). These trajectories can be viewed as the result of multiple interrelated pathways of intervention effects (e.g., proximal effects on early adolescent substance refusal skills, parental monitoring, and other vectors of influence) that may convey intervention effects into young adulthood. The developmental model examined herein posits that (a) the range of previously demonstrated proximal effects of the tested universal interventions (intervention-related effects on parenting, such as parental monitoring, along with effects on adolescents' intention to use, attitudes, or skills; e.g., Spoth, Redmond, & Shin, 1998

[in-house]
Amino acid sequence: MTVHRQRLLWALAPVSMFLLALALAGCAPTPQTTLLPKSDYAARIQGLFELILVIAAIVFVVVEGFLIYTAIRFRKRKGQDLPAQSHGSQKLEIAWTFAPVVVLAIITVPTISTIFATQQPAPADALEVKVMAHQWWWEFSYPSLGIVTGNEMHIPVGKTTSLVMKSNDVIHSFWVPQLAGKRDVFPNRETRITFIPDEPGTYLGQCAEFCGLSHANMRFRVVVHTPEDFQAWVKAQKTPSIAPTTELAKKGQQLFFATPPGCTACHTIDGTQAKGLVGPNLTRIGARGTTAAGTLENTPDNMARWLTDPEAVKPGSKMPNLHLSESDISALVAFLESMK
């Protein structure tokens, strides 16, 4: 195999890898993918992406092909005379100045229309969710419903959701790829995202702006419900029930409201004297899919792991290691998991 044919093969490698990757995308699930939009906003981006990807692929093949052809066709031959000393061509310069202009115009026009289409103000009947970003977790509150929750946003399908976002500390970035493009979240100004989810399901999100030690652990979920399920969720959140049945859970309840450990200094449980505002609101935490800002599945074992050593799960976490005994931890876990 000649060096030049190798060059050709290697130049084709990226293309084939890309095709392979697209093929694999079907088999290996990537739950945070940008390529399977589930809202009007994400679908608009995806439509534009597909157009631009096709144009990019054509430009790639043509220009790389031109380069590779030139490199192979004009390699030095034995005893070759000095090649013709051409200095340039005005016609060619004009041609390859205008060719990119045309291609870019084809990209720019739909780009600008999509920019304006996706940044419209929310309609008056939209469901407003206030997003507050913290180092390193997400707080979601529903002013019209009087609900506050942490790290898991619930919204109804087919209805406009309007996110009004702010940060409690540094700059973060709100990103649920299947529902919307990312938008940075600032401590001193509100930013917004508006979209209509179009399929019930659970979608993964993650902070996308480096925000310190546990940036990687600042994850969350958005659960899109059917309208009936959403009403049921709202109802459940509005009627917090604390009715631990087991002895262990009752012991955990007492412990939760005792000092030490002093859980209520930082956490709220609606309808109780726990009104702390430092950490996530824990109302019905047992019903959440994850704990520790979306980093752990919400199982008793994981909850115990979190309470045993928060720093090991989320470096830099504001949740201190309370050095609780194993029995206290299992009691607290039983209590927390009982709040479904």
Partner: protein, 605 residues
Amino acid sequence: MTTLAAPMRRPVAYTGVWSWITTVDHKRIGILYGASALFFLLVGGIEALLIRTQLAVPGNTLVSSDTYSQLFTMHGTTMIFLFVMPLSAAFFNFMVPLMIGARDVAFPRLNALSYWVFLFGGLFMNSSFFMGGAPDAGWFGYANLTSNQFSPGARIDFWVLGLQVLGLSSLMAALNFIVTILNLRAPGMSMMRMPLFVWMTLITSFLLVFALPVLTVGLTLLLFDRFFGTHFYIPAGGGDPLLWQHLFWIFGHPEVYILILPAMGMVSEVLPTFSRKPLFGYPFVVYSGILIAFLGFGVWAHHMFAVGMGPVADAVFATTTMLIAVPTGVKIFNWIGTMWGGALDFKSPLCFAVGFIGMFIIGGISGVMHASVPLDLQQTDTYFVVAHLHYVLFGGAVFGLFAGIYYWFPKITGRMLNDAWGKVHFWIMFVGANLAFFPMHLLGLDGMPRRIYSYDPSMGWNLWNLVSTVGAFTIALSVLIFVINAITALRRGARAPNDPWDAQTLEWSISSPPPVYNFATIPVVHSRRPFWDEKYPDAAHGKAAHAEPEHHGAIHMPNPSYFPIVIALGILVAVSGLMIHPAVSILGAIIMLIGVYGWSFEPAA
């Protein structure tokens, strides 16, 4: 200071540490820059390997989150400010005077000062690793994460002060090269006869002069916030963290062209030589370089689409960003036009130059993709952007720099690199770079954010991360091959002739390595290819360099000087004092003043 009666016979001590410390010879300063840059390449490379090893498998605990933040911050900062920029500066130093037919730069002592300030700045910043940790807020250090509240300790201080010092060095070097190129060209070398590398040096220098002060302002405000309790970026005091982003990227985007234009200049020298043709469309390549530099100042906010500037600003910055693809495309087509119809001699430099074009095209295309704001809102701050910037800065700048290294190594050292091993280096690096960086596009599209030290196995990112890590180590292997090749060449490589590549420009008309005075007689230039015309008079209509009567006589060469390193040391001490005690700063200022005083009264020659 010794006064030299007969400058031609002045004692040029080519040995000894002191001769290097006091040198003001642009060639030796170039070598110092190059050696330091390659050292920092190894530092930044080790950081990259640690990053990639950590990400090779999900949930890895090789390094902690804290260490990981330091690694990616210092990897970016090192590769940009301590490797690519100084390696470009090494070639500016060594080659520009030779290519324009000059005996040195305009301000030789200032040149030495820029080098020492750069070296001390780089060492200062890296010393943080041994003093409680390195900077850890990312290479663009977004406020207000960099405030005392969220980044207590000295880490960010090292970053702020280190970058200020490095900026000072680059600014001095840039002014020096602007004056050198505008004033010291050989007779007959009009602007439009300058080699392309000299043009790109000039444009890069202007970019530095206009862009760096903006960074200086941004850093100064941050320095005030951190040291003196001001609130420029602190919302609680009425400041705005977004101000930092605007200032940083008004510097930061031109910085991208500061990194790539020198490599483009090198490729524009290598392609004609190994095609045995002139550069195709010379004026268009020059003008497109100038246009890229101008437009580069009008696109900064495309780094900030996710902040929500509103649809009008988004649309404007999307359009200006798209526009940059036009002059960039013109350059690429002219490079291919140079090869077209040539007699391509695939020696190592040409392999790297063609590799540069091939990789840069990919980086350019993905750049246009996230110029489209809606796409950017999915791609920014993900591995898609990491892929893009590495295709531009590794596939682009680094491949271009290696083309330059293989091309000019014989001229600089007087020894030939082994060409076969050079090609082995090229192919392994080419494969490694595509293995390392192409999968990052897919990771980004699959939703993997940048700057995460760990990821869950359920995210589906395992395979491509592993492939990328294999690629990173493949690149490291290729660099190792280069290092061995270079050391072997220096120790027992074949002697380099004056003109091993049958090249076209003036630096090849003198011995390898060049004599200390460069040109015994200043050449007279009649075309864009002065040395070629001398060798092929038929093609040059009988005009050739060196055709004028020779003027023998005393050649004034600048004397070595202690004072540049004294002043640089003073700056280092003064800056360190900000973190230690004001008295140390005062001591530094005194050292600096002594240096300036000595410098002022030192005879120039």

) likely delays substance initiation or slows its rate of increase across the adolescent years and decreases the average level of initiation (e.g., Spoth et al., 2001
), and (b) those effects on substance initiation are the primary means by which long-term effects into young adulthood are produced.
A third set of issues is methodological in nature. In the current study, we address several limitations of previous studies with regard to intervention effects across developmental stages. These limitations include (a) failure to account for time-related changes in initiation across adolescence, (b) reliance on retrospective reports of behaviors that occurred many years prior to data collection, and (c) focusing on urban samples, as compared with the rural sample in the present study (Hawkins et al., 2005